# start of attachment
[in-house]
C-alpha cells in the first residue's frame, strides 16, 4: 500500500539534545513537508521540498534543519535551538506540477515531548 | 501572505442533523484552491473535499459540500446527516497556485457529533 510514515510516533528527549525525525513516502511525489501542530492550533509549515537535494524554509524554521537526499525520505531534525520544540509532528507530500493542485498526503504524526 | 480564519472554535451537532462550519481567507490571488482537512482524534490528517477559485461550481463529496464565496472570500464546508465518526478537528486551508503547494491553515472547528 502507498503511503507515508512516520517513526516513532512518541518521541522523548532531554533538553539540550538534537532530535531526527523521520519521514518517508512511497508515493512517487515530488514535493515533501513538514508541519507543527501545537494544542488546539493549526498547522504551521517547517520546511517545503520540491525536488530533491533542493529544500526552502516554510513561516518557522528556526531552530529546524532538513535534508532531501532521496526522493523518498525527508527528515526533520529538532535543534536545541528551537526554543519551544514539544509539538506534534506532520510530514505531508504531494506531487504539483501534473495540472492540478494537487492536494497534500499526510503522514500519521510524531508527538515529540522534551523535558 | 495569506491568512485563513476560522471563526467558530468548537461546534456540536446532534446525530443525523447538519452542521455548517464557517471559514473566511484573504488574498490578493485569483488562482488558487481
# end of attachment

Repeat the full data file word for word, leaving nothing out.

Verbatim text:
[in-house]
C-alpha cells in the first residue's frame, strides 16, 4: 500500500539534545513537508521540498534543519535551538506540477515531548 | 501572505442533523484552491473535499459540500446527516497556485457529533 510514515510516533528527549525525525513516502511525489501542530492550533509549515537535494524554509524554521537526499525520505531534525520544540509532528507530500493542485498526503504524526 | 480564519472554535451537532462550519481567507490571488482537512482524534490528517477559485461550481463529496464565496472570500464546508465518526478537528486551508503547494491553515472547528 502507498503511503507515508512516520517513526516513532512518541518521541522523548532531554533538553539540550538534537532530535531526527523521520519521514518517508512511497508515493512517487515530488514535493515533501513538514508541519507543527501545537494544542488546539493549526498547522504551521517547517520546511517545503520540491525536488530533491533542493529544500526552502516554510513561516518557522528556526531552530529546524532538513535534508532531501532521496526522493523518498525527508527528515526533520529538532535543534536545541528551537526554543519551544514539544509539538506534534506532520510530514505531508504531494506531487504539483501534473495540472492540478494537487492536494497534500499526510503522514500519521510524531508527538515529540522534551523535558 | 495569506491568512485563513476560522471563526467558530468548537461546534456540536446532534446525530443525523447538519452542521455548517464557517471559514473566511484573504488574498490578493485569483488562482488558487481